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Digital photography jargon A is for.....
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Determines how much of the scene in front of the lens forms the field of view captured on the image sensor when you take a photo.
A narrower angle of view limits the image to that which is more directly in front of you. This has the effect of magnifying the scene that is captured.
A wider angle of view allows you to take in more of the scene. With a wide angle of view there is greater perspective distortion, particularly on objects close to the lens.
The angle of view also has an affect upon the depth of field. As the angle becomes narrower, so too does the depth of field - particularly when focusing on distant subjects.
See also the article angle of view, magnification and crop factors.
The size of the hole (or iris) in the lens that allows light to pass through.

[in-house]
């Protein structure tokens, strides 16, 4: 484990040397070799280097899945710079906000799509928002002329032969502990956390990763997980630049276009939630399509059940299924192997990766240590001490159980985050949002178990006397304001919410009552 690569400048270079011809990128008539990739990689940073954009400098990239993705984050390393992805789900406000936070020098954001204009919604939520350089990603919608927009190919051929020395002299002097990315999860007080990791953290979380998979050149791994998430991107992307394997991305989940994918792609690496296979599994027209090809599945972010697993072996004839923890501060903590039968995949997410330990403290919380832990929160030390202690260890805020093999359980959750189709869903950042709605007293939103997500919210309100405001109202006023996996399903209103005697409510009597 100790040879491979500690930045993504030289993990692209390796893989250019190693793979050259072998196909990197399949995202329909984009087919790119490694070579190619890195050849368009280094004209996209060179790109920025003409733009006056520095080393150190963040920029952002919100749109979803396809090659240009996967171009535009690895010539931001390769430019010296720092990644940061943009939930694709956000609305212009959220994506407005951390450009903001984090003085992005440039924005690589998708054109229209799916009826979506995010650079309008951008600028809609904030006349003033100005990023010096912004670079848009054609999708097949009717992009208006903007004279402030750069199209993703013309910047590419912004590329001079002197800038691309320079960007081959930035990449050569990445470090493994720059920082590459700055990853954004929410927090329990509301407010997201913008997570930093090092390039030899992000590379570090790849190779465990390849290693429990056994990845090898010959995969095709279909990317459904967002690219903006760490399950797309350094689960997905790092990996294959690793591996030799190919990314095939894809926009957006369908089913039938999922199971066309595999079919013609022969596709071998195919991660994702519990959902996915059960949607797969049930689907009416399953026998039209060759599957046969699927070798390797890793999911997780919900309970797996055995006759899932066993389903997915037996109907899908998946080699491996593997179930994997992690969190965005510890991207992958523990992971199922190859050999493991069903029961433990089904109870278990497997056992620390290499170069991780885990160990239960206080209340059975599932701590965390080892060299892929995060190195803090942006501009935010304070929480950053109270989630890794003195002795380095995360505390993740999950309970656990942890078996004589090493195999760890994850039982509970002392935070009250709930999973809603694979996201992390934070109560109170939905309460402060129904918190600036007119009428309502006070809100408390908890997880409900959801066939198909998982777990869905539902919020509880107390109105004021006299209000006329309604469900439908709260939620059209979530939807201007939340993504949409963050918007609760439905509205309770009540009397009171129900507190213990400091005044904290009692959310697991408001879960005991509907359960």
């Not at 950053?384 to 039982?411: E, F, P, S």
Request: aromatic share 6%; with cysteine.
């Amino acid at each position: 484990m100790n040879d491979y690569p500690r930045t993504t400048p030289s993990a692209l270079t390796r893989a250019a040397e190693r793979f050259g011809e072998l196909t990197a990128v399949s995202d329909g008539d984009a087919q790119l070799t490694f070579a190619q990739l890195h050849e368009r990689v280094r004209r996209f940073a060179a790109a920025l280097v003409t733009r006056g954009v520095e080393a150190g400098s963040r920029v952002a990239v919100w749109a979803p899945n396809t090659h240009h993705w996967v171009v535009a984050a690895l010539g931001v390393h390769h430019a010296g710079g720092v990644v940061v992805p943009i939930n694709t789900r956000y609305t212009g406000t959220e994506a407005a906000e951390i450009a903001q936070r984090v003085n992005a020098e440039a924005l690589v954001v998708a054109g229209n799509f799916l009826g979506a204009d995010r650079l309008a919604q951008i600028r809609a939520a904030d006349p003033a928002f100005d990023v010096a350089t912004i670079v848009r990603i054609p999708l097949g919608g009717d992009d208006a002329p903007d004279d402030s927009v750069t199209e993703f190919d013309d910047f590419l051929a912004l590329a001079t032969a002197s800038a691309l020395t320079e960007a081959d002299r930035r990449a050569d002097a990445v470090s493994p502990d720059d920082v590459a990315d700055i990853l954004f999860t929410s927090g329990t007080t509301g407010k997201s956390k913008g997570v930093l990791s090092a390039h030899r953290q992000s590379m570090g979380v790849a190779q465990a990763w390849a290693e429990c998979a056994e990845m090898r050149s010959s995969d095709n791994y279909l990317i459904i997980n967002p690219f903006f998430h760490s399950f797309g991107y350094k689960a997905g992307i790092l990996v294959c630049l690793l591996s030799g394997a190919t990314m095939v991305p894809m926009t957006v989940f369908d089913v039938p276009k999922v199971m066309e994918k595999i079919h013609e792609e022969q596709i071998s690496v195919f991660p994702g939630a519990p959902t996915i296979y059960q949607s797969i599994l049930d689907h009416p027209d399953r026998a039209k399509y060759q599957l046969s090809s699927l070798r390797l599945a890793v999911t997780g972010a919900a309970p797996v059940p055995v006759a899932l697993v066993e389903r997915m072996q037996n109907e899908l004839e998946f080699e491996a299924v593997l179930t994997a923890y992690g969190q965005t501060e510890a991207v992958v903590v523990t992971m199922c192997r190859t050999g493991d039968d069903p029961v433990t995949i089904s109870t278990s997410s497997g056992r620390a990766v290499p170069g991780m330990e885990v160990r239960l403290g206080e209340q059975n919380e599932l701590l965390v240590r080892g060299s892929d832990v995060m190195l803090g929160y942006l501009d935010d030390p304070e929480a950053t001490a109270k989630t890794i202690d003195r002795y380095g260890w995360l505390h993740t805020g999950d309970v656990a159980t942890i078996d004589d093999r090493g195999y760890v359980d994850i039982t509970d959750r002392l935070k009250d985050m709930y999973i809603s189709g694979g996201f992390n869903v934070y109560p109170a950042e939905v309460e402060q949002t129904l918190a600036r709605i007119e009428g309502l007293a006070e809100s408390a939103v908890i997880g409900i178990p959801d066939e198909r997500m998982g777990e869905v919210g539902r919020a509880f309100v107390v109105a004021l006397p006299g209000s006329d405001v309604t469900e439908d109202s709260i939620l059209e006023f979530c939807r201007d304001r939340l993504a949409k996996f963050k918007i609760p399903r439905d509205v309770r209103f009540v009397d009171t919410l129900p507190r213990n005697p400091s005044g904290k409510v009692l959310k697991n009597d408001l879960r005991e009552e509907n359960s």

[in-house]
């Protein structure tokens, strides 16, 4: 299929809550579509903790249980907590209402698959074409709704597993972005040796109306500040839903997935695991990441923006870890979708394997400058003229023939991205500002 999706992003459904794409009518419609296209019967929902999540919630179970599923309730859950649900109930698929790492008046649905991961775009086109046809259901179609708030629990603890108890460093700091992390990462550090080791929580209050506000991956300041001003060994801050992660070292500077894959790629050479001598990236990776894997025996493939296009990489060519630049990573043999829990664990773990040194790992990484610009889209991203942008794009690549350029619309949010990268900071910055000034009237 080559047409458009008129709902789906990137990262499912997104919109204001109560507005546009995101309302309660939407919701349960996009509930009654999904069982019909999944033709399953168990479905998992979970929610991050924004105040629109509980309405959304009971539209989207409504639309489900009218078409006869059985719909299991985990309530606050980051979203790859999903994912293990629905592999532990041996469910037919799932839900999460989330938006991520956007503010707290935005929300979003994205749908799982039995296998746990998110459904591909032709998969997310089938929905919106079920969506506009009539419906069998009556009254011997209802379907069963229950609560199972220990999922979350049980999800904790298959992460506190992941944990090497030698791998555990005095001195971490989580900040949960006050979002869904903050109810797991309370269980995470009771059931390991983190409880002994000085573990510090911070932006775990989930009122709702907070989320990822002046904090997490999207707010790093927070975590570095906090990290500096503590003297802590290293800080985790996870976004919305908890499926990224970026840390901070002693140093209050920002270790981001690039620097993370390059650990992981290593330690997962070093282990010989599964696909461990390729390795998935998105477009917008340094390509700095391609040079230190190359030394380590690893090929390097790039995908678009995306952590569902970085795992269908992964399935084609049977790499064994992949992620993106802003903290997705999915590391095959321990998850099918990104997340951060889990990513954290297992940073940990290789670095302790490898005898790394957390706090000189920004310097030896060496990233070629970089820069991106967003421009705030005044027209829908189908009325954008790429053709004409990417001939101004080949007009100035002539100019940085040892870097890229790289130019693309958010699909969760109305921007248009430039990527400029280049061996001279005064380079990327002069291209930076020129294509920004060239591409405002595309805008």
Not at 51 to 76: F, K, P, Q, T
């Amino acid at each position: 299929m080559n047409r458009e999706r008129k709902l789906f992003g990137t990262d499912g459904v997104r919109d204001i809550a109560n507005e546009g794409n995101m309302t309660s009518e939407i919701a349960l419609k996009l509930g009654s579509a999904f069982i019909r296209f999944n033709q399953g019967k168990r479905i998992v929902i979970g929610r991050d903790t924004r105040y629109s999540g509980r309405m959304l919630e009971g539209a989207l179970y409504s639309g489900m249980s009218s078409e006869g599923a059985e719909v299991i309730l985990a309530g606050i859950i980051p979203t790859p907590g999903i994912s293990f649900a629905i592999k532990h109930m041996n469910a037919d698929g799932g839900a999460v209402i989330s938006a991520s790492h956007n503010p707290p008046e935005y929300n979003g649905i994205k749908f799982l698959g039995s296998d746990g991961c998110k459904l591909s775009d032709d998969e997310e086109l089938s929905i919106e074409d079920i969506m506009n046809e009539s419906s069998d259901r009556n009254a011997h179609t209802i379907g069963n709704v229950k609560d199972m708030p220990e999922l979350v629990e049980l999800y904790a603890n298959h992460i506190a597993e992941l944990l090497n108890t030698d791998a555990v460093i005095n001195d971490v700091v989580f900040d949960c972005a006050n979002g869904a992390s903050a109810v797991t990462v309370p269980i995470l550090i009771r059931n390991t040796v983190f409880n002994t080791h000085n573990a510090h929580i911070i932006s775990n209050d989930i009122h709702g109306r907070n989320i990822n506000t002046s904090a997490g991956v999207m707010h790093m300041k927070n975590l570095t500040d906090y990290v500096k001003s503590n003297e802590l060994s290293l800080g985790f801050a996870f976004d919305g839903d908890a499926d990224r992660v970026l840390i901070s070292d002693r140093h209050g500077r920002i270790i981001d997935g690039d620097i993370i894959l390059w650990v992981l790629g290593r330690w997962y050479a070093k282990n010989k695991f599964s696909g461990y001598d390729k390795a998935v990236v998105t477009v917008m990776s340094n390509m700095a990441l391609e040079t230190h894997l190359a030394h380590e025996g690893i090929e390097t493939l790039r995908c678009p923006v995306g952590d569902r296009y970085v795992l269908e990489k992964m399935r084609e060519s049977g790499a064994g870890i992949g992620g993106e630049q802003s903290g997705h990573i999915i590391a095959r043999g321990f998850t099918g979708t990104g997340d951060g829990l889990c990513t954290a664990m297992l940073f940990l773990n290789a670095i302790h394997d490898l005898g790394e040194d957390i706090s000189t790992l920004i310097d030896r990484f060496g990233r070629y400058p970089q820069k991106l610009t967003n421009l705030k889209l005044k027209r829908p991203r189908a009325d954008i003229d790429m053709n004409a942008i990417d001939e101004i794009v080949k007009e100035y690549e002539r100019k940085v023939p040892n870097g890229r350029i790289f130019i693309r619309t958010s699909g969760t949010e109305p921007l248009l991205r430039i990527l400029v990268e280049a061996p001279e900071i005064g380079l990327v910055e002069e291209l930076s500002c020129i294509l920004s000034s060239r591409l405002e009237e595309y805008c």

As well as affecting how much light can pass through for a given exposure time, the size of the aperture also affects the angle at which light rays are bent between the lens and the image sensor. If the hole is large and the subject relatively close the angle will be more acute. This affects the size of the circles of confusion for subjects any given distance in front of or behind the focal plane.
It is for this reason that larger diameter apertures produce a shallower depth of field than smaller ones.
See also the articles
The ratio between width and height of the image sensor or the final image display format.
For example, if the ratio is 1:1 - the lengths of width and side will be equal, so the shape will be square.
With a 3:2 ratio, the width will be 11/2 times the height - and so will be a rectangle.
The aspect ratio determines how much of the image circle is captured on the image sensor.
When composing your photos, you should consider the aspect ratio of your image capture - versus the intended or likely aspect ratio in which you want to display your final image.
For example, if you are going to display your final image on a widescreen t.v. with an aspect ratio of 16:9 but capture the image at an aspect ratio of 3:2, then you will need to allow a little extra room around your composition to avoid it being "cropped" in the final display.
see also the article angle of view, focal length and crop factors
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